It has a half-life of around 5 hours, which means one or two cups in the afternoon can still be impacting your body and acting as a stimulant come bed time.

 

Is It Good for You?

There have been a lot of studies done on caffeine and its impact on the human body. Many believe that it is unhealthy and even toxic, although this can be a relevant criticism about most things consumed in excess. So not too dissimilar to alcohol.

Like eating fast food for example. Treating yourself to a burger once in a while isn’t going to cause irreparable damage to your body. But eating one every single day… now that might become a problem. You might soon start gaining weight, your cholesterol levels could start to rise, the risks of digestive issues and other health related issues might increase. 

So this brings us to two very important points:

1. How much coffee should we drink?

According to the experts, the human body can take up to 400 milligrams of caffeine per day. This would be about four cups of coffee. But just because you can safely drink four cups of coffee daily doesn’t mean you have to do it. 

I would personally recommend one cup of coffee per day. Also, you should avoid drinking coffee after midday because it might impact your sleep. These are the best practices, but keep in mind that everybody is different and what works for some might not work for others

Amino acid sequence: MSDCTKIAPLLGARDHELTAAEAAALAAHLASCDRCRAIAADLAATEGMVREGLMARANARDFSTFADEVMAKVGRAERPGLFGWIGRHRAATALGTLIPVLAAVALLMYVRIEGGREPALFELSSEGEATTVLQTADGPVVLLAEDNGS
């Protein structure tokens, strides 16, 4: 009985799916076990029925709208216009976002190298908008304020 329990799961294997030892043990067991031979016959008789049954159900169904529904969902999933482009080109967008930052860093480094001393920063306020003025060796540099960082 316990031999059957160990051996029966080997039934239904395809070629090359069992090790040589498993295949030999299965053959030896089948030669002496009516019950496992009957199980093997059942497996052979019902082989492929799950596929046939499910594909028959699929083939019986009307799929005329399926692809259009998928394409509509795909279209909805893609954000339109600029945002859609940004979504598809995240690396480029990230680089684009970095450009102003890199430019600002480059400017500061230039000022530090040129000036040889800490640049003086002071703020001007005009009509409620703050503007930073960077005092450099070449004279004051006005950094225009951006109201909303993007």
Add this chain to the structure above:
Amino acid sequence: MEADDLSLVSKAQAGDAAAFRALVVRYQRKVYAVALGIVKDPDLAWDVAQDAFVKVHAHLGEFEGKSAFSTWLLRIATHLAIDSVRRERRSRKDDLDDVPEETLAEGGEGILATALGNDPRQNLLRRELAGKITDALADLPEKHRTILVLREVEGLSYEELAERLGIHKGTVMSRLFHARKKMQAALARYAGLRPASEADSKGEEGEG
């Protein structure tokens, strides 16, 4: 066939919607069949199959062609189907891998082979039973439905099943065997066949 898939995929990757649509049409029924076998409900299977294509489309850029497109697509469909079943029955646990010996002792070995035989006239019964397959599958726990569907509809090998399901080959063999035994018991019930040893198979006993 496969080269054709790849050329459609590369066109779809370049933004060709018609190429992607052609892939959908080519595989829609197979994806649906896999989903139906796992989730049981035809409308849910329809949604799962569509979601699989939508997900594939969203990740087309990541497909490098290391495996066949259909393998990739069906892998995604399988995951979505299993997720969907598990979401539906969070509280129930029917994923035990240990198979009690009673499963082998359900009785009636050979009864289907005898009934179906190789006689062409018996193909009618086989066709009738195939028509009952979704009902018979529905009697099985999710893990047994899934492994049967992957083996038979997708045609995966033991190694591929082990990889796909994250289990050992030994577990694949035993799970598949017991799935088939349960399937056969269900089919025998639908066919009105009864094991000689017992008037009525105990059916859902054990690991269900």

But what happens when you consume excessive amounts of coffee on a daily basis? This can provoke adverse reactions such as: headaches, insomnia, vomiting, heartburn, high blood pressure, irregular heartbeat, higher risk of miscarrige, and even hallucinations.

 

2. What kind of coffee should we drink?

So you know how much coffee you should drink. Now you only need to know what kind.

If you want to tell me that all coffee is pretty much the same, let me stop you for a quick moment. Let’s take another look at the example above. Now, I think we can agree that eating a burger from McDonald’s isn’t the same as eating a burger from a local restaurant that uses premium organic beef and fresh ingredients. 

Quite obviously, the local restaurant will have healthier (and tastier) options. It’s the same thing with coffee.

So then, what kind of coffee should you drink? 

When picking your coffee, try to go for high quality free trade organic coffee. Also, the healthiest way to drink coffee is to drink it black, without adding any milk or refined sugars.

 

Bottom Line

Drinking coffee might not be seen as a huge risk, but it’s better to be safe than sorry. This essentially means lowering your intake of caffeine and drinking better quality coffee. But if your habit is to drink three cups or more of coffee a day, putting a stop to that might not be as easy as it seems. 

This is where life coaches like me come in. I can help you replace bad habits with good ones, and this includes stopping excessive caffeine consumption. So if you want to live a healthier and more balanced life, don’t be afraid to reach out. Change starts with you. 

Also, check back in next month to see our new decaf coffee plans!